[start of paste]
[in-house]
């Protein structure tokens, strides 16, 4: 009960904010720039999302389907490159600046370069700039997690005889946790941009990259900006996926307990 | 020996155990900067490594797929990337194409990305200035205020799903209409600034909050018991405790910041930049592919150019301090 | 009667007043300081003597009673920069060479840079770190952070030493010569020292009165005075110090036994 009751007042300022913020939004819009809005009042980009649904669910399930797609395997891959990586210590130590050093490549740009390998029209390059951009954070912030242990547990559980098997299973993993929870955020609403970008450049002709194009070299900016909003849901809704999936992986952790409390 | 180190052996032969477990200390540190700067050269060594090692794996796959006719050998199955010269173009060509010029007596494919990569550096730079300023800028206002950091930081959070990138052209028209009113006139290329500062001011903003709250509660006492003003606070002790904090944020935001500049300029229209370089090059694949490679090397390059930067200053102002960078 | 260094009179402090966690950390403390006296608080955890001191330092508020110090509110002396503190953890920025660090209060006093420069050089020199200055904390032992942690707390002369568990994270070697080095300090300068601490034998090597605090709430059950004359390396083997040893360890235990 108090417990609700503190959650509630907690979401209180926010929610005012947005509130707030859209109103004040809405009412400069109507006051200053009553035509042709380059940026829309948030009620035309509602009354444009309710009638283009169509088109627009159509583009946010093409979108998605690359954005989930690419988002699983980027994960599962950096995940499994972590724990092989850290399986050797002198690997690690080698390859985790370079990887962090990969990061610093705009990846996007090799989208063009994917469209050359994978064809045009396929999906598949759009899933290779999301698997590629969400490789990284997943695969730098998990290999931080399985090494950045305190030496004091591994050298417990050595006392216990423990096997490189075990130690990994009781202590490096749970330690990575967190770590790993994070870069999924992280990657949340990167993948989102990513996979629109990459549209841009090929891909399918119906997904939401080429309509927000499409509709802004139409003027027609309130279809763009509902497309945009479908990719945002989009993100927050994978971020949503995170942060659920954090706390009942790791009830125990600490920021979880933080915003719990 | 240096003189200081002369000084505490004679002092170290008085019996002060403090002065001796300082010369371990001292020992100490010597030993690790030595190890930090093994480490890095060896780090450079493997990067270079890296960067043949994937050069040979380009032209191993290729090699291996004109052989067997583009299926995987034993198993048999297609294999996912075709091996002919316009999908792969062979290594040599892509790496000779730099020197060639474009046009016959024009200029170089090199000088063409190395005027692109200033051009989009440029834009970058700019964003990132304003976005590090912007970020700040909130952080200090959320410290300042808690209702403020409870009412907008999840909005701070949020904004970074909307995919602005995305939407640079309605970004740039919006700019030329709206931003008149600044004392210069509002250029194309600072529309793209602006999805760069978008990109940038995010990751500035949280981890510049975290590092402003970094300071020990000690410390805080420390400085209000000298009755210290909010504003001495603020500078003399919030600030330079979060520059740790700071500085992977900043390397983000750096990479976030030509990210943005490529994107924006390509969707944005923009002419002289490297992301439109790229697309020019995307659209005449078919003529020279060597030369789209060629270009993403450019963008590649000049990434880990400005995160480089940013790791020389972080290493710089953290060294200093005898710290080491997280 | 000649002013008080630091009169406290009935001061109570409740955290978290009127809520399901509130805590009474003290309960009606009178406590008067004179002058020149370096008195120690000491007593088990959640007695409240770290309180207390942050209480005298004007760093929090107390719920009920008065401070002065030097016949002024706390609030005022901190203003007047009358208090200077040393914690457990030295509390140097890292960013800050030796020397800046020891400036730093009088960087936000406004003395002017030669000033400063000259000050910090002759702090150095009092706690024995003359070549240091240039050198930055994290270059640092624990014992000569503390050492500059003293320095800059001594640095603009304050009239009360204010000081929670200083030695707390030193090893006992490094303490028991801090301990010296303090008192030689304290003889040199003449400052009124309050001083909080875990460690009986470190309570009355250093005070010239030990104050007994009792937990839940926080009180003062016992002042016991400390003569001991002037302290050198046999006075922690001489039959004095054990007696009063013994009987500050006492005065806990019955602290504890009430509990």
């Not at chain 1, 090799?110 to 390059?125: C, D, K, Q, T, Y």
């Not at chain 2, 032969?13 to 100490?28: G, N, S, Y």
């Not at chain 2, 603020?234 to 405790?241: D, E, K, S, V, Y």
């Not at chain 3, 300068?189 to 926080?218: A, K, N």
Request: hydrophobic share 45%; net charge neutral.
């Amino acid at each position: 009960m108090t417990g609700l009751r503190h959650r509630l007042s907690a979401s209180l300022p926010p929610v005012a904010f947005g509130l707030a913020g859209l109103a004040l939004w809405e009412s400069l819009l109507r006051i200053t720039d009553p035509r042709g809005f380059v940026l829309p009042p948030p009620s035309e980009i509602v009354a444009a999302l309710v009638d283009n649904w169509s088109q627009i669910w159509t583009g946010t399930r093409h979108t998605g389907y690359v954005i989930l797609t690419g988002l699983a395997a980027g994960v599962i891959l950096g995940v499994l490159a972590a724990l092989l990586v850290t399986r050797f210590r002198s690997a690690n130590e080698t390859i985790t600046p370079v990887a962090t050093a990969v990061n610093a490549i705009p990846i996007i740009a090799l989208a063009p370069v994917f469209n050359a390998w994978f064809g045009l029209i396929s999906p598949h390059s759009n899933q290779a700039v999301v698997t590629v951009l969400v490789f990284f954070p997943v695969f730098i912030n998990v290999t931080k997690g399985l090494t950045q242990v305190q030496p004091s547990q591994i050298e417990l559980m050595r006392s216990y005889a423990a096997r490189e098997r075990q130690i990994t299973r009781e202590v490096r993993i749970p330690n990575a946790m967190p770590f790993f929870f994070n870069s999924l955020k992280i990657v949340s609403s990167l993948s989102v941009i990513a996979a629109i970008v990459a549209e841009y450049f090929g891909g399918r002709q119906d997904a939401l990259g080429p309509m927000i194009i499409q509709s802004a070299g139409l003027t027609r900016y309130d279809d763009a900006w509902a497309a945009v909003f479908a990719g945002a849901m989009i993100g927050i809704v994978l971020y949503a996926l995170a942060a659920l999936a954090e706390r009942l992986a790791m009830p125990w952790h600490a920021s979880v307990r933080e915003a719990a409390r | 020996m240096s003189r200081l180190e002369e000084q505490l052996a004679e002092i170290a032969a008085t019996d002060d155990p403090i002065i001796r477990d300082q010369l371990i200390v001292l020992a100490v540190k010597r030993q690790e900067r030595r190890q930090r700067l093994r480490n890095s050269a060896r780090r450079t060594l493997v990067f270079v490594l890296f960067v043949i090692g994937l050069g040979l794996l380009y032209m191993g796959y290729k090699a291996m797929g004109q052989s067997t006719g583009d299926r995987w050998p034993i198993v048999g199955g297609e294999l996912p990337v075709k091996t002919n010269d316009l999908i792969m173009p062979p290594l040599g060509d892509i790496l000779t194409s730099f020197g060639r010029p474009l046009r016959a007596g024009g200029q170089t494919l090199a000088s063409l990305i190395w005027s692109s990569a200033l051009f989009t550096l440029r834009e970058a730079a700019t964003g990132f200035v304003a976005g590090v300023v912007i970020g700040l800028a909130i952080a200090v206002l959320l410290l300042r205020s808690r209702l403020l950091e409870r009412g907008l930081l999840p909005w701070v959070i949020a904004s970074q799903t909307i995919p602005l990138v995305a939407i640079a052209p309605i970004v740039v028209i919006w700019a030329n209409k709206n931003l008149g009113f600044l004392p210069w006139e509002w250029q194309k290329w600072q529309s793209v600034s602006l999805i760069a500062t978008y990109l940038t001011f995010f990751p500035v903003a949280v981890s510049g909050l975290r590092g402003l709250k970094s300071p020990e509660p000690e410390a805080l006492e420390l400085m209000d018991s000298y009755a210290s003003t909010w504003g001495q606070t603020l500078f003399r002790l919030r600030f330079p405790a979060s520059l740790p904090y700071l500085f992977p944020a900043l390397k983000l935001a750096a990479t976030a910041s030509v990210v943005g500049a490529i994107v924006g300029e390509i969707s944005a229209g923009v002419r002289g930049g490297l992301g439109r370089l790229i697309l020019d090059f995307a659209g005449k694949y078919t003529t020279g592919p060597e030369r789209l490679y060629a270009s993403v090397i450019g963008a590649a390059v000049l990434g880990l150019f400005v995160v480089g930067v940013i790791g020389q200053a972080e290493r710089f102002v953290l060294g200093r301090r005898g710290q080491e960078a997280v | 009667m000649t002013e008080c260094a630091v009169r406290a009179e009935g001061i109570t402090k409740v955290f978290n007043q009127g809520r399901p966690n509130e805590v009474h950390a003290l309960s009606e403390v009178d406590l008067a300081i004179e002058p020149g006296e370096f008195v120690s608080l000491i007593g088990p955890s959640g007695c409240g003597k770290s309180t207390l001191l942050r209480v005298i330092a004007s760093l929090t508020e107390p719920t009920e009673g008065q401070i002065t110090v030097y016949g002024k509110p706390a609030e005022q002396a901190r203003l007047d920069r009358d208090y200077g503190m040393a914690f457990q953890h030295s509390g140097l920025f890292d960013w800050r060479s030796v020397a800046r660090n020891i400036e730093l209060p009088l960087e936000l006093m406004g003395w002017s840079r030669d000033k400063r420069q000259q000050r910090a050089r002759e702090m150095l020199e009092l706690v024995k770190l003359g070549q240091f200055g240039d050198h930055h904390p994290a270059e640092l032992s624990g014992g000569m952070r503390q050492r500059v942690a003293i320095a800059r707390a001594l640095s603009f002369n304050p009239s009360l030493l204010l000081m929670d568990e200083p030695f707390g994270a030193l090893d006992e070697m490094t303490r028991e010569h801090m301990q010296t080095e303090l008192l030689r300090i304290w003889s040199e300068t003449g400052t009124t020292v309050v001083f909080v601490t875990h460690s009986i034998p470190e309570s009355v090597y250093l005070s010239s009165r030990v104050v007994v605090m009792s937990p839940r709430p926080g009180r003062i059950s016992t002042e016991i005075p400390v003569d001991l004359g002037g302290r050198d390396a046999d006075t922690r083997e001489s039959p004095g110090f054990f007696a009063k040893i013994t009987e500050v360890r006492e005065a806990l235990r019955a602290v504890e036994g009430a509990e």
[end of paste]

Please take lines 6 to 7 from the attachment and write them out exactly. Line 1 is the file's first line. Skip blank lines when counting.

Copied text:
């Not at chain 3, 300068?189 to 926080?218: A, K, N």
Request: hydrophobic share 45%; net charge neutral.